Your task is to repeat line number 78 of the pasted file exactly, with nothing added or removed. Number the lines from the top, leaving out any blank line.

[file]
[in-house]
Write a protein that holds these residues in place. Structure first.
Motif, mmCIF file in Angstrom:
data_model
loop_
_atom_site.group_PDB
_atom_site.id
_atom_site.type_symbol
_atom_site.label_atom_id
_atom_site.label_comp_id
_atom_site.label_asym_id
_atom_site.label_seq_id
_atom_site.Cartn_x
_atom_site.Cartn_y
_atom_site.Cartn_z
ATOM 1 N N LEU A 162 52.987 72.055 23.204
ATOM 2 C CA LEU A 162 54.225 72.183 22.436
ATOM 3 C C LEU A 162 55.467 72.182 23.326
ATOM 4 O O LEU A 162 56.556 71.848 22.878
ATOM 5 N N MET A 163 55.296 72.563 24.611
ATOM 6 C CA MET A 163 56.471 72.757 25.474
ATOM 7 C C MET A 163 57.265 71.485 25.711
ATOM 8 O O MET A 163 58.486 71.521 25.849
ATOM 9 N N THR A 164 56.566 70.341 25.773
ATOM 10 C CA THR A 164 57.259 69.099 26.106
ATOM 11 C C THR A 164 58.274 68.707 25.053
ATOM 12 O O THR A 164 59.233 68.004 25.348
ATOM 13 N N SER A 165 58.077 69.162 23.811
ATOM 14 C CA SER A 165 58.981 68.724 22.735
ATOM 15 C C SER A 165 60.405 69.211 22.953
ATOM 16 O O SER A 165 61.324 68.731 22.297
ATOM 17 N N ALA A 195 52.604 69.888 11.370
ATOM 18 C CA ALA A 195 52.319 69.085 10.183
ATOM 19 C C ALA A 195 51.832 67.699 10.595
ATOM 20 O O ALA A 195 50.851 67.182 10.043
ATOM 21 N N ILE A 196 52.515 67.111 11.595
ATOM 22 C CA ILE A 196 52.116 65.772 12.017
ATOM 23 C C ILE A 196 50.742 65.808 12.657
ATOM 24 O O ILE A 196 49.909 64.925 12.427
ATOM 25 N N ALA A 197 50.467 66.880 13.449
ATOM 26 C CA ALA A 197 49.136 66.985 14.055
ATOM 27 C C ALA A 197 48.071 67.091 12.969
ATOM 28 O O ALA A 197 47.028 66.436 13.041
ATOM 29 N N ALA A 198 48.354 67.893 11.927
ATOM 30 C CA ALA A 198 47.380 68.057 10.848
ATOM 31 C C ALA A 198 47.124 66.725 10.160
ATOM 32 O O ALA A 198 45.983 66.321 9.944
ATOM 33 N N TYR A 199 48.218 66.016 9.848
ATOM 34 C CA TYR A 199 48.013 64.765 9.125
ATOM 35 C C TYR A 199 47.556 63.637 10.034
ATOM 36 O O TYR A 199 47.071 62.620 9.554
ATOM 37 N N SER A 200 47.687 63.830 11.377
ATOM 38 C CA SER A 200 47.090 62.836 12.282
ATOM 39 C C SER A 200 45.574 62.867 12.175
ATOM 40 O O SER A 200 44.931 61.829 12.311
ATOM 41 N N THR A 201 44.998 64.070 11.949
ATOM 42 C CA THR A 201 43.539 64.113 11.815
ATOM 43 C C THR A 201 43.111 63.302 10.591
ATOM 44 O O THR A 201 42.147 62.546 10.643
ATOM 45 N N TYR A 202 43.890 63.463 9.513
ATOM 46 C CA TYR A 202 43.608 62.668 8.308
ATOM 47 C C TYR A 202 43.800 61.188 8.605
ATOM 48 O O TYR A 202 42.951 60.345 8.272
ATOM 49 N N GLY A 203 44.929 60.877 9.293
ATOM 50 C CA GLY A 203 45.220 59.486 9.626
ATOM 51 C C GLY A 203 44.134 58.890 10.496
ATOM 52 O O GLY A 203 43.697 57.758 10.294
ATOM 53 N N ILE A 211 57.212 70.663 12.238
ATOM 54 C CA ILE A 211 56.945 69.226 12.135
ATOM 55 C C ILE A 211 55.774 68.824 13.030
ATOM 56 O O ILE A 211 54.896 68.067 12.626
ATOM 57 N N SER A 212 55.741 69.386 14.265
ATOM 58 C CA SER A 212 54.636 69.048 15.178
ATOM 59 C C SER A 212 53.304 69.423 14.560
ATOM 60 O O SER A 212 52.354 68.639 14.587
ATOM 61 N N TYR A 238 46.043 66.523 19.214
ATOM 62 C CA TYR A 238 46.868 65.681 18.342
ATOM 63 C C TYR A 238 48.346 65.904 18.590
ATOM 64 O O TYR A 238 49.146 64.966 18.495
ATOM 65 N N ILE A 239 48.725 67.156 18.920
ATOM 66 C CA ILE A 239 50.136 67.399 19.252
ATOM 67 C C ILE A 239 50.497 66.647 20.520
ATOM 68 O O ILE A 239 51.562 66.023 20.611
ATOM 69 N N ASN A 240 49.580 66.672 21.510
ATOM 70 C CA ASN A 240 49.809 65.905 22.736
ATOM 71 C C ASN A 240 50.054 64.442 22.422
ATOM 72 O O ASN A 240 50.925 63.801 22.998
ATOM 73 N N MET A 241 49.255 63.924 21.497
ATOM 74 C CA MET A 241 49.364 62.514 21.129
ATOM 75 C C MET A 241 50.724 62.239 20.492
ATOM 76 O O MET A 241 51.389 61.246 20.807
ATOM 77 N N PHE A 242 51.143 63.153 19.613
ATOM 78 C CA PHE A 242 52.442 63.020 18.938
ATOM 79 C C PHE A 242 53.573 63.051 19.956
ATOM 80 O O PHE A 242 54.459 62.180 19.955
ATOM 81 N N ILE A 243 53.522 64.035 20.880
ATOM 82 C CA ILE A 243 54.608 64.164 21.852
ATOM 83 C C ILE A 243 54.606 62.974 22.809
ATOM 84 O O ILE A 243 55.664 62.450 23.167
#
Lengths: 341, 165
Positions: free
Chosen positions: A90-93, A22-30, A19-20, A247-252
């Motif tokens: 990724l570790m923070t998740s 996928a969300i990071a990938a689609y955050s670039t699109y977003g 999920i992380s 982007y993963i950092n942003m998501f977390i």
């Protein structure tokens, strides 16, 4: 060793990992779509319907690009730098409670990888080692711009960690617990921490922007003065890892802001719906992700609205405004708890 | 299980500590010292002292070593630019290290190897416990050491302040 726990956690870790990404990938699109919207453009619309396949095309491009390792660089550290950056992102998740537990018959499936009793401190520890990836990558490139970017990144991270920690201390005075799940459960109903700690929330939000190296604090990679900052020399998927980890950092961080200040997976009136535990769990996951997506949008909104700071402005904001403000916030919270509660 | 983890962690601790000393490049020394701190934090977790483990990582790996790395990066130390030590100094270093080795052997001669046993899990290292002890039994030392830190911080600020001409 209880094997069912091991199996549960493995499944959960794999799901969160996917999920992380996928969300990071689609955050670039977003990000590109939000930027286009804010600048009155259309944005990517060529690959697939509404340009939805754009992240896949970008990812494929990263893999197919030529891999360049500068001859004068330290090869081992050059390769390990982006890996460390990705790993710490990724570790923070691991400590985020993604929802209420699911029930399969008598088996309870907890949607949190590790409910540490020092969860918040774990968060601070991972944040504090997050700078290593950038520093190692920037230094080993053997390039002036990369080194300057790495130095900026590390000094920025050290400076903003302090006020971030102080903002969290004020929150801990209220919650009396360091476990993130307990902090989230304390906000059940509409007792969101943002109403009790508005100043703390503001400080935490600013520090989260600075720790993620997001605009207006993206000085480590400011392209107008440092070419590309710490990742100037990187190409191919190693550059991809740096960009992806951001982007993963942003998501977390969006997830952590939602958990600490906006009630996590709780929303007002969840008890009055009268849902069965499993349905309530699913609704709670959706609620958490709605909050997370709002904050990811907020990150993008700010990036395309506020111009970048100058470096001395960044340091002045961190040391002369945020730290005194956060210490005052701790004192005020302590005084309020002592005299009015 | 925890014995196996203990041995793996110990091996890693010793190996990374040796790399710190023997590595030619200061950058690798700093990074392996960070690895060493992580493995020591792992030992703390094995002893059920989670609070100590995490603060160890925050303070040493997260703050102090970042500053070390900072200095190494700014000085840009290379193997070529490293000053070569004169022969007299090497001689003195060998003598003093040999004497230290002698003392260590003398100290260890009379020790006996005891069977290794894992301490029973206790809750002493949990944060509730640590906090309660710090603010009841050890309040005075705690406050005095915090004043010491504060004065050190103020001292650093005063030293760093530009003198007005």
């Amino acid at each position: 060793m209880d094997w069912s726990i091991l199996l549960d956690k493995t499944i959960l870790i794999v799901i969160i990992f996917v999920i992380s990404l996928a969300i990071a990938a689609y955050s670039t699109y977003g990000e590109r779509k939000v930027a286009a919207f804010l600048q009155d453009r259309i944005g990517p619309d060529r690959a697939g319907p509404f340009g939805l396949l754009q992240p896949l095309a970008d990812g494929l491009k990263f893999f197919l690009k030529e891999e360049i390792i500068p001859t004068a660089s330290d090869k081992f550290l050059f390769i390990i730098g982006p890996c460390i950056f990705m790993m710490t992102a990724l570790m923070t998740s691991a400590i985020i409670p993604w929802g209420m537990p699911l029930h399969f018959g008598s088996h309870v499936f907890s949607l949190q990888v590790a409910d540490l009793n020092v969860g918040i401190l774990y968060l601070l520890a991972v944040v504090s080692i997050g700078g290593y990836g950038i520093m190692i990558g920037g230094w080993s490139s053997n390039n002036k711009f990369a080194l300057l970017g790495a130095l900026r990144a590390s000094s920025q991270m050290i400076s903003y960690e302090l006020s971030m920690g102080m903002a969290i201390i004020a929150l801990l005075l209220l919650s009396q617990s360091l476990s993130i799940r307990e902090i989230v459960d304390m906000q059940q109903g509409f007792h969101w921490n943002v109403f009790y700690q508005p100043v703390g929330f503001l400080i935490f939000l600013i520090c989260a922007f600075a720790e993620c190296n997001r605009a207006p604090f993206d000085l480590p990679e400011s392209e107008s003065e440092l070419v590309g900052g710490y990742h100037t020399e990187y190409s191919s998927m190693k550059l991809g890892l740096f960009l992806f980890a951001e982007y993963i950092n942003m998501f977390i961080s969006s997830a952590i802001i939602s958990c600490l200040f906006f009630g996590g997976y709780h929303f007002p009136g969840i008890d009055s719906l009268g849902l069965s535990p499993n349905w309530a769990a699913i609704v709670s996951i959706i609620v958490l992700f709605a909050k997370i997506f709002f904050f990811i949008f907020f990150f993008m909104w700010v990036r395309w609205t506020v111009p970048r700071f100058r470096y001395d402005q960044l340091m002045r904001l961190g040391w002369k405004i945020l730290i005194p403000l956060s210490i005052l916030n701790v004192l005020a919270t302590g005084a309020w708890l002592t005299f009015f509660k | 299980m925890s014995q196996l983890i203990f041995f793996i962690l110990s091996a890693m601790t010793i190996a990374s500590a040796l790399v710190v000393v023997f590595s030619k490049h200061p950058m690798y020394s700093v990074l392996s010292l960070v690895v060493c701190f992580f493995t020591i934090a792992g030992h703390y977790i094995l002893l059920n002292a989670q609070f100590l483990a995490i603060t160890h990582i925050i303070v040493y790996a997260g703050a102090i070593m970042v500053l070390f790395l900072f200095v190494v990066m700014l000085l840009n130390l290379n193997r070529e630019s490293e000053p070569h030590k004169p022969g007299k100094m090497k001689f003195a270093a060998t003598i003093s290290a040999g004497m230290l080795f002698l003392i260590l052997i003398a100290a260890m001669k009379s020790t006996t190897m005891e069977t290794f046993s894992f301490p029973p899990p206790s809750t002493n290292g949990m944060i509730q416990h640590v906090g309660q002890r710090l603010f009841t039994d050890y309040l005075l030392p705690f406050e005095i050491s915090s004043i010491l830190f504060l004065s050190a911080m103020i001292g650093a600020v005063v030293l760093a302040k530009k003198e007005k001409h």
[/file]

ATOM 63 C C TYR A 238 48.346 65.904 18.590